The idea of an honest discourse in American politics means the unraveling of the entire premise of the regressive movement, and it must be fought with a ferocity that makes Stalingrad look like a dispute over seating arrangements at a dinner party. That is why Obama must be muzzled, and hammered, and especially mocked. Once we breach the wall and start taking an honest political analysis seriously, the tellers of the Big Lies are finished, hated and destroyed.
Obama's big crime was to tell the truth. Here's what he said:
You go into some of these small towns in Pennsylvania, and like a lot of small towns in the Midwest, the jobs have been gone now for 25 years and nothing's replaced them. And they fell through the Clinton Administration, and the Bush Administration, and each successive administration has said that somehow these communities are gonna regenerate and they have not. And it's not surprising then they get bitter, they cling to guns or religion or antipathy to people who aren't like them or anti-immigrant sentiment or anti-trade sentiment as a way to explain their frustrations.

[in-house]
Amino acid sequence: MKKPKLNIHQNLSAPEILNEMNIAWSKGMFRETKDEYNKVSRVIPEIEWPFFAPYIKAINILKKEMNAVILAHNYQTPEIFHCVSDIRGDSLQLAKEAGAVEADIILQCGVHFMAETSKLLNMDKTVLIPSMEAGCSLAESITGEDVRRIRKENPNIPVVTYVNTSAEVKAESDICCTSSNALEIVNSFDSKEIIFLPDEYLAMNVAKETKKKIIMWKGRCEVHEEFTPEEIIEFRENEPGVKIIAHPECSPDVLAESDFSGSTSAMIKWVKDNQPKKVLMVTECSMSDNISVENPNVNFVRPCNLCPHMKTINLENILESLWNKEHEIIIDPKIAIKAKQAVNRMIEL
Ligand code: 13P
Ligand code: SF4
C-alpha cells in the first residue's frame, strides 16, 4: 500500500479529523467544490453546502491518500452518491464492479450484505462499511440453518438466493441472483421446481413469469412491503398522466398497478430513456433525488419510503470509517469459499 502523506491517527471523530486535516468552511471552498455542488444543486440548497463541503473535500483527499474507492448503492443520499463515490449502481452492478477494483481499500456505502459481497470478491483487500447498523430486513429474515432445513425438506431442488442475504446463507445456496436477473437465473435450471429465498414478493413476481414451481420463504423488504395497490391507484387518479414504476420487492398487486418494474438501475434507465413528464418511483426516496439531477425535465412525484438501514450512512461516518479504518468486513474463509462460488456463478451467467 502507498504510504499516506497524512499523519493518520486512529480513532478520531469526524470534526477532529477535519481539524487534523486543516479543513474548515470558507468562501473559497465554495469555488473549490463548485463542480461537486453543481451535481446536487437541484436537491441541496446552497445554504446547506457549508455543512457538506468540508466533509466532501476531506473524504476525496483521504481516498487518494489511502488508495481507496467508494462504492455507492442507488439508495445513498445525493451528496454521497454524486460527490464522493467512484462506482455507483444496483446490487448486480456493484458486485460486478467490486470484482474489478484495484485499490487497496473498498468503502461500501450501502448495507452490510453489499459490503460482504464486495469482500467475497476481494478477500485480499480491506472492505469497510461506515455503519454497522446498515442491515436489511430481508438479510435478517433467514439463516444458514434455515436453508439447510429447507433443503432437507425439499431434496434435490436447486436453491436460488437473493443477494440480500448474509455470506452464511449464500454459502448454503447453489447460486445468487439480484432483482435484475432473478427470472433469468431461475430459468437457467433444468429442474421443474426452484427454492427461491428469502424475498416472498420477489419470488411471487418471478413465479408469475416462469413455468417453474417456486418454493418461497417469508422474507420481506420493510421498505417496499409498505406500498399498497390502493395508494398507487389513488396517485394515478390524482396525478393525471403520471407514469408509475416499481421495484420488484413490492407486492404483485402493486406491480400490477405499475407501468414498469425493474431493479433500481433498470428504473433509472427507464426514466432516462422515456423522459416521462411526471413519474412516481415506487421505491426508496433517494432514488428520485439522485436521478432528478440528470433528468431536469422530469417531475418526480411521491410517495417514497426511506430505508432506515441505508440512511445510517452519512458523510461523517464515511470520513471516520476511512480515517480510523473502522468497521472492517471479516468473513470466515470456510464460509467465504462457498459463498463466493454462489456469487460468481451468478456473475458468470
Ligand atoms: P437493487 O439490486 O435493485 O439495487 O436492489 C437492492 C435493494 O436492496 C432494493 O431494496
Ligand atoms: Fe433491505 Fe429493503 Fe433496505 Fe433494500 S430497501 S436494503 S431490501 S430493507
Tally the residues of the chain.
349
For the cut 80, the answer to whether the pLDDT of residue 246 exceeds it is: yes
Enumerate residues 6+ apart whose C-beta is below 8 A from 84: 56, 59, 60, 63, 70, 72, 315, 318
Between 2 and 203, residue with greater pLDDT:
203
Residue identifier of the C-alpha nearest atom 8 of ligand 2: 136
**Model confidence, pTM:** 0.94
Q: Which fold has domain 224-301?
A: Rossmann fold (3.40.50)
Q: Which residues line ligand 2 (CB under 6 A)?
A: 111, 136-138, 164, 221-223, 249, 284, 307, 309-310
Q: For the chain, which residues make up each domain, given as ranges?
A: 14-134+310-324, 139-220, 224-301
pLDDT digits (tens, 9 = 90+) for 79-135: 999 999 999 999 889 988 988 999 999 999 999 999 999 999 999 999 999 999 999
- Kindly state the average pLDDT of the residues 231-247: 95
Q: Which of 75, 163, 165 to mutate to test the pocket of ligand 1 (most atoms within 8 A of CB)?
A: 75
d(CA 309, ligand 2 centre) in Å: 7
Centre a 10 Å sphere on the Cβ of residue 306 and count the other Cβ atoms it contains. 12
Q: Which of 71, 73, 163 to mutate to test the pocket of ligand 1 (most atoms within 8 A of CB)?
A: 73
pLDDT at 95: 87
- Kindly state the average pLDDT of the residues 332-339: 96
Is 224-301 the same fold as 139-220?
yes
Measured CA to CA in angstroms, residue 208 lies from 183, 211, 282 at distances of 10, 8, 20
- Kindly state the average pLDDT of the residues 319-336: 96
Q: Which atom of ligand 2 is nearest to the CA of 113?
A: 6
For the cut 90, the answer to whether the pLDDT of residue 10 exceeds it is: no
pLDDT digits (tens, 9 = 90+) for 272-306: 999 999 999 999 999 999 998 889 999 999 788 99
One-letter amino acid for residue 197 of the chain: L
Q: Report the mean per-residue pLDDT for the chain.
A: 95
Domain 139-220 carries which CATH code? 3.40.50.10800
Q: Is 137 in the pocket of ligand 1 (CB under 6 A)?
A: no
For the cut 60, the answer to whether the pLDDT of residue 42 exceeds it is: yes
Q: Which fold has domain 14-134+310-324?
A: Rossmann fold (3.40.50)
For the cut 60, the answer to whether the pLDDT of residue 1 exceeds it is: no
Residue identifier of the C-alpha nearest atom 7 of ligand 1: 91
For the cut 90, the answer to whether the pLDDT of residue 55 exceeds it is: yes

So, silly me, I'm reading that, and reading that, and waiting to come to the controversial part! Still waiting, as a matter of fact. I'm sorry, but anyone who thinks that the right hasn't been using race and immigrants (actually, race again) and foreigner workers (actually... well, you know) and religion and guns and gays (who somehow fell off Obama's list) to win elections, hasn't been paying attention. For decades. More likely though, since even the intentionally deaf, dumb and blind could hardly miss this crap, it would require a willful denial, just like the cavemen (and a certain cavewoman) now falling all over themselves to trash Obama as an elitist snob. The irony of this is as profound as it is disgusting. The stink of plutocratic Republican/Clintonist contempt for American voters could overwhelm an abattoir. These multi-millionaire elitists and their Madison Avenue image-crafting machines have been successfully manufacturing an absurd 'Ah-shucks-we're-just-one-of-the-people' image for their candidates for decades now. "Oh look, he eats pork rinds!" "Wow, she bowls!" "Hey, he'd be more fun to have a beer with!" That turned out real well, didn't it?